Last night Katherine and I took a filing cabinet that we purchased the day before and started going through old files so we knew which ones to put in the cabinet and which ones to recycle.
I came across my old oral examination files. My acceptance to the oral exams notification. My list of files they requested when I presented myself at the examination center. My results. My better luck next time packet.
I'd kept all those things because they reminded me how close to something that really mattered I'd gotten. Don't give up, they urged.
It was with a heavy heart and a few tears that I let them go. I remember my interviewers sitting down with me after I didn't pass the oral exam years ago. How impressed they were with me they said. Keep trying, they advised. But I'm not. I'm not trying any more. That road has never opened up for me since then. Not even a glimmer of hope. Just the disappointment of passing the written exam time after time and being told "No." without any explanation as to why not.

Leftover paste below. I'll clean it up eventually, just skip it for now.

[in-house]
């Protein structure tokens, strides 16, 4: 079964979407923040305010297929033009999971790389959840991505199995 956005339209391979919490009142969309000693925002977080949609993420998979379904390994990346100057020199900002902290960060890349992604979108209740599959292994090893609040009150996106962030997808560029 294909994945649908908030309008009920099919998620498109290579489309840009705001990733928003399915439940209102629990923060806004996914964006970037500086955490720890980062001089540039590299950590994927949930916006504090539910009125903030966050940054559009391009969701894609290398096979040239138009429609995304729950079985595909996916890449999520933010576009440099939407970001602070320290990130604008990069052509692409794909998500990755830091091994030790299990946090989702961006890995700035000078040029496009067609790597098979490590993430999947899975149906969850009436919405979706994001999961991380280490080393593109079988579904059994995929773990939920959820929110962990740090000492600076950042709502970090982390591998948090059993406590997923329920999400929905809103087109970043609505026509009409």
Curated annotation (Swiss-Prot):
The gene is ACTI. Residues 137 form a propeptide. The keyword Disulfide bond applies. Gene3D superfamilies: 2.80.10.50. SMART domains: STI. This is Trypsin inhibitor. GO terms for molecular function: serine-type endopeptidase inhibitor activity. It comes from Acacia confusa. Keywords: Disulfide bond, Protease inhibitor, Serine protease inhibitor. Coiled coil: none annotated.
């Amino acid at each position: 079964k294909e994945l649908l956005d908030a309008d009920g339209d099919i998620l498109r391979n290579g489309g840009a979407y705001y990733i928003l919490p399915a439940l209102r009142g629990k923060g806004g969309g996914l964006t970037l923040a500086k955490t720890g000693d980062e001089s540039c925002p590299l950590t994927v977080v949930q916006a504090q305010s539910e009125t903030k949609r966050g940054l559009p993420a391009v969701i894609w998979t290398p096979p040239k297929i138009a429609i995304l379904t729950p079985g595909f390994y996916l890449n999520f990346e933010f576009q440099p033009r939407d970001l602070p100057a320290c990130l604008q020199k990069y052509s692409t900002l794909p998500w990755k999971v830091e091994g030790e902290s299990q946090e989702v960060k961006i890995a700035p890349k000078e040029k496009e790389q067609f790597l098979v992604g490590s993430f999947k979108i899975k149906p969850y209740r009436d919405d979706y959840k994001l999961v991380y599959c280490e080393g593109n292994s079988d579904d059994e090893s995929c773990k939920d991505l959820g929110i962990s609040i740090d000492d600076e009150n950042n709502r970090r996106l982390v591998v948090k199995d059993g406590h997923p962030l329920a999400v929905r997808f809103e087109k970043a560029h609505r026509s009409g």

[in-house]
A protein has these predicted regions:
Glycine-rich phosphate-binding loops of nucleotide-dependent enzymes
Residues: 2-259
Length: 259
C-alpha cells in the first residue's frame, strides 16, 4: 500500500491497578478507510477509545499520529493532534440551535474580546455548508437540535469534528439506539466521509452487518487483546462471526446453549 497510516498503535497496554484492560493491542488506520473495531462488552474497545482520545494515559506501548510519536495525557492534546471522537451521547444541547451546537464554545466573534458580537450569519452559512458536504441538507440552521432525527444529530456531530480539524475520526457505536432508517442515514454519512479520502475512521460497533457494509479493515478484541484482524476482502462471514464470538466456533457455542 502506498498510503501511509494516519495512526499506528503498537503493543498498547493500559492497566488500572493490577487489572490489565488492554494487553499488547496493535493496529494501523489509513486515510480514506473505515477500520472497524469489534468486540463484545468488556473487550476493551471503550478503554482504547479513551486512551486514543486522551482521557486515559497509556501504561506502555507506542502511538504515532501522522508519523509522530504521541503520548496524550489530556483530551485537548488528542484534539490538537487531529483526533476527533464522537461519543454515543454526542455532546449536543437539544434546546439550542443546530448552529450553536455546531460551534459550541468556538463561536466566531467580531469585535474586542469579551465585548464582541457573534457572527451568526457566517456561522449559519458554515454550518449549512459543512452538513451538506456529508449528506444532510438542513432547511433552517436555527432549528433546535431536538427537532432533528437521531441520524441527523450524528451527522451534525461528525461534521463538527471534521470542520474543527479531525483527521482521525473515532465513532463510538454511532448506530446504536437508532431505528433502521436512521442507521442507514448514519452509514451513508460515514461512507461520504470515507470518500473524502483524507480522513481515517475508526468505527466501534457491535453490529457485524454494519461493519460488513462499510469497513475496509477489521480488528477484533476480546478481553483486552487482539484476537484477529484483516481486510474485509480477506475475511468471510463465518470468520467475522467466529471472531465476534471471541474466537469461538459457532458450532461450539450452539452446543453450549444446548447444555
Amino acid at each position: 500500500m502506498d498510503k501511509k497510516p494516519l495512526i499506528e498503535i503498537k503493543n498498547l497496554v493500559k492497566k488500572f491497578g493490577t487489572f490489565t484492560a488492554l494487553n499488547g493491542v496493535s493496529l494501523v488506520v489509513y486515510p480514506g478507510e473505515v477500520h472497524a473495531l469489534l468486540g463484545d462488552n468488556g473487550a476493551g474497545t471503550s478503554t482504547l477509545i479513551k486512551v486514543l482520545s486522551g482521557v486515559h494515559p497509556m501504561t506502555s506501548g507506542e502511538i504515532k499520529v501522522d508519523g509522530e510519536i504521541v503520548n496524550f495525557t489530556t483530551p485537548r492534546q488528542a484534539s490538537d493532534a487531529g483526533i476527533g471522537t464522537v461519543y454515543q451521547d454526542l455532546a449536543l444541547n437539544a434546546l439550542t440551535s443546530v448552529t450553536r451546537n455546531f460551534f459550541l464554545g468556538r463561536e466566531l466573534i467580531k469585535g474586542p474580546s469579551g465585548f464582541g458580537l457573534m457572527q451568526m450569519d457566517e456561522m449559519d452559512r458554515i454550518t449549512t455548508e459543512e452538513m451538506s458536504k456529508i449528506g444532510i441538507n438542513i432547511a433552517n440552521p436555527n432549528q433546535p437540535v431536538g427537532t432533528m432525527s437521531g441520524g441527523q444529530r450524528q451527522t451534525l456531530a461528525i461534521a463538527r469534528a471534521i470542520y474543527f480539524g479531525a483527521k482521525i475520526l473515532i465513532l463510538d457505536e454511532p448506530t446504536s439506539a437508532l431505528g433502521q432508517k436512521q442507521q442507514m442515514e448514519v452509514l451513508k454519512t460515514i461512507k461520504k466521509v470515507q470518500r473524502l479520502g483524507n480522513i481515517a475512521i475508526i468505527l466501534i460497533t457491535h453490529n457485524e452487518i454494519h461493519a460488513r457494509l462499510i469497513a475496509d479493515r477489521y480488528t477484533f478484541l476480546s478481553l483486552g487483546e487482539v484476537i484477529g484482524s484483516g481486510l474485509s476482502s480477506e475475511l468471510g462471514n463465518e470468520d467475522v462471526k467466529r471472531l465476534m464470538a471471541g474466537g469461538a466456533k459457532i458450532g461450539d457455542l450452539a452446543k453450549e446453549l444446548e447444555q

The work people in the State Dept do to me is beautiful. I'm sure some of them are goobers, but many of them are some of the finest people this country has got. It would have been an honor to serve among them and hang my hat there.
It is with the deepest regret that I withdraw from the field, having come and gone so many times. The possibility that perhaps there was some way I could have succeeded pains me too much to really fathom. So why not persevere and keep trying? I don't know, really. Maybe it feels like letting go will free me from the melancholy this eager effort has always carried with it. Maybe learning to let things go instead of assuming that success is inevitable with time will help me better live in accordance to the truth, instead of an arrogant falsehood.
Maybe it's because inside me that conviction that I had a place there is all but gone, and only rekindled when I looked at those documents. These documents wouldn't let me move on. They kept me trapped in a mirage that felt almost real. When I took the exams it felt like *this* time it will work. I believed it. To others this may seem like a laughably trivial thing to get so worked out about. Maybe it is.
But it was real for me. And it breaks my heart to let it go.
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